This is a great article to get a thumbnail overview of all the proposed recommendations. John lists 38 criteria and provides a quick commentary on how challenging he sees each of them. (Keep in mind that he’s CIO at one of the most HIT-advanced health systems in the country — your definition of “easy” and his might not be alike.)
It caught my eye that the more challenging criteria generally are ones involving inter-organizational health data exchange, care coordination and care management. See his comments on the following criteria: 7, 17, 20–21, and 23–34.
Dr. Halamka concludes:
…areas of concern are chemotherapy automation, recording patient communication preferences, judging clinician performance based on patient adoption of PHRs, EMAR implementation, maturity of HIE capabilities, widespread rollout of longitudinal care planning, and public health readiness.
Here’s my analysis of the proposed Stage 2 and 3 criteria.
1. CPOE – Stage 1 requires more than 30% of unique patients with at least one medication in their medication list have at least one medication order entered using CPOE Stage 2 expands this to 60% of patients for at least one medication, lab or radiology order. Stage 3 expands this further to 80%. CPOE orders do not need to be transmitted electronically to pharmacies/labs/radiology departments. This is a very reasonable rate of CPOE adoption. The hardest part of implementing CPOE is getting started, which happens in Stage 1. Adding different types of transactions (without requiring electronic transmission to back end service providers) is more about workflow and behavioral change than technology change.
2. Drug-drug/drug-allergy interaction checks – Stage 1 requires that interaction technology be enabled. Stage 2 adds that it will be used for high yield alerts, with metrics for use to be defined. The idea is that many drug databases contain too many false positive interaction rules, so adoption is slowed by alert fatigue. If only high yield alerts are required (here’s what we’ve done at BIDMC ), clinicians are more likely to trust drug interaction decision support. Stage 3 adds drug/age checking (such as geriatric and pediatric decision support), drug dose checking, chemotherapy dosing, drug/lab checking, and drug/condition checking. These are all reasonable goals, but automating chemotherapy protocols is quite challenging. BIDMC built an Oncology Management System and added a full time research nurse to ensure all chemotherapy protocols are updated and accurate. It may be asking too much to require chemotherapy dosing decision support nationwide by 2015.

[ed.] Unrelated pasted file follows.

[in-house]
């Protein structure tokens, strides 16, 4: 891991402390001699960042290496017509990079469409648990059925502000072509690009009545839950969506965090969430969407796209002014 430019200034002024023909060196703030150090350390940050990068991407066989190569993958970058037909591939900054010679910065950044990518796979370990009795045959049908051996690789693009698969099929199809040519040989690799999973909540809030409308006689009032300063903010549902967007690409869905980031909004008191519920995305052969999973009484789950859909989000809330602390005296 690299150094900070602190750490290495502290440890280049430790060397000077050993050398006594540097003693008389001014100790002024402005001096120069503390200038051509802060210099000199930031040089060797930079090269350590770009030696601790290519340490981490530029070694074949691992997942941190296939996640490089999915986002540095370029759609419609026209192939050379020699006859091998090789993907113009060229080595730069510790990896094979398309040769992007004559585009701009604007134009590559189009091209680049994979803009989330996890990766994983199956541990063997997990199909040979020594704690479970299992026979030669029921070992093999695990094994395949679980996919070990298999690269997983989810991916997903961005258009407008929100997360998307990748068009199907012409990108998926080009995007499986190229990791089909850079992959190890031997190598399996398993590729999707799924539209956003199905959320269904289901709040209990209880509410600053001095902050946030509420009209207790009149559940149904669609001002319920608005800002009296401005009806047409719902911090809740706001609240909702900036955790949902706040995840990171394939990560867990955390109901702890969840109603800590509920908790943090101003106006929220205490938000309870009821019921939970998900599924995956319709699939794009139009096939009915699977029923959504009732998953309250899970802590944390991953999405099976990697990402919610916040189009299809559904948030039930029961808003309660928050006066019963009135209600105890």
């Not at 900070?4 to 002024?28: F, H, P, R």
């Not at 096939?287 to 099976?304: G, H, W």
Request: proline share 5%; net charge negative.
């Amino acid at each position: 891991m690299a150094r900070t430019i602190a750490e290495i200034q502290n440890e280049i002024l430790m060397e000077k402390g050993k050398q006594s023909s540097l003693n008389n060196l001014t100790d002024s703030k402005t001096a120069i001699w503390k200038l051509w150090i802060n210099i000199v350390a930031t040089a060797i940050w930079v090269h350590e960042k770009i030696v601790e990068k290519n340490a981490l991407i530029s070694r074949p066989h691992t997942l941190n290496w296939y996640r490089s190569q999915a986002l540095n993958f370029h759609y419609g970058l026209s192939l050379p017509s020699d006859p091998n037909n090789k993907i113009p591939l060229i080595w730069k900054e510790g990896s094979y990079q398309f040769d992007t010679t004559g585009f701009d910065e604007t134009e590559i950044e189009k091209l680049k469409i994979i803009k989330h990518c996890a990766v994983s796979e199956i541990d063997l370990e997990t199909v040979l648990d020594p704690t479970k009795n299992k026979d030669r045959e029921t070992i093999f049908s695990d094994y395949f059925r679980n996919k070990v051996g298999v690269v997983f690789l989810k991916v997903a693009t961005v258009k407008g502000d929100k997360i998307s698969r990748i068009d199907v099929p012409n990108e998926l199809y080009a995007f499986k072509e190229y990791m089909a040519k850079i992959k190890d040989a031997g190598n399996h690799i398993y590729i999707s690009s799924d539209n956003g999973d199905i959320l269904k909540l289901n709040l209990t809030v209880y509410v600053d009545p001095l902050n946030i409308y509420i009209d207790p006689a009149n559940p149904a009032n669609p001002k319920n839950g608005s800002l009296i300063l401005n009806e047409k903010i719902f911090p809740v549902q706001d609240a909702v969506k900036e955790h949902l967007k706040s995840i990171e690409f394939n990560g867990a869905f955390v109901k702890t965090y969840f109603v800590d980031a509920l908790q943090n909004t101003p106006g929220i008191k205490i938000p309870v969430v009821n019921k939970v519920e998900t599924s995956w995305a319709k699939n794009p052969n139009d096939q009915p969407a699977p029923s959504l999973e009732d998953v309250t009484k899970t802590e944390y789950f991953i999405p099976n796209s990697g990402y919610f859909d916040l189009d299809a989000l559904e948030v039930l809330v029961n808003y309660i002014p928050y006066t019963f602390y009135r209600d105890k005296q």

Interoperability is front and center, again. Stage 1 of HITECH was about health records for doctors. Stage 2 is about interoperability. The President’s Council of Advisors on Science and Technology (PCAST) report is all about interoperability. At a recent state medical society meeting, the most animated questions by physicians to Dr. Blumenthal were about the lack of interoperability in electronic health records.
While HITECH is designed to regulate the behavior of technology vendors, it is struggling to encourage doctors to accept the result. Growing interest in ACOs may, at last, drive doctors to demand effective interoperability, and using the patient as a principal or intermediary can jump-start the clinical integration they seek.
For more than 5 years, interoperability has been approached from the perspective of doctors and hospitals. The results speak for themselves. As we process the innovations proposed by PCAST and consider the specifics of Stage 2 regulations, it’s time to put patients first and technology second by giving patients (and their designated agents) convenient access to their health records in their choice of electronic formats including Blue Button, CCR and CDA. Market forces will take care of the rest. Experience with Blue Button and the Direct Project shows that patient-centered and secure, directed exchange avoid the privacy and policy issues that delay technological approaches to interoperability.
A recent flight on Southwest reminded me of the importance of culture in navigating change in a rapidly evolving environment like we have in health care in the United States today. It is all too easy to focus on all the technical issues hospitals face in setting up Accountable Care Organizations to handle the inevitable global payments that will replace the current fee for service system. This blog is a plea for hospitals and doctors and consultants to pay attention to both the technical and the cultural or adaptive challenges we face in transforming a $2.5 trillion American industry.
Recent articles on companies outside of health care have highlighted how important culture has been to the success or failure of Southwest Airlines, QVC, and Zagat to respond to changing business conditions. Southwest’s COO states “our culture is our biggest competitive strength,” and the flight attendant and pilots’ union worry about how the recent purchase of AirTran will affect their unique culture. I have seen Southwest pilots help clean up the cabin, and the flight attendant on my recent trip told me she was giving up her day off because the company needed her help. QVC is trying to use the same methods and culture that made selling on TV popular with Internet customers. And Zagat, which had cultural troubles moving from book format to online, is now hoping that smart phone applications will reinvigorate their business model.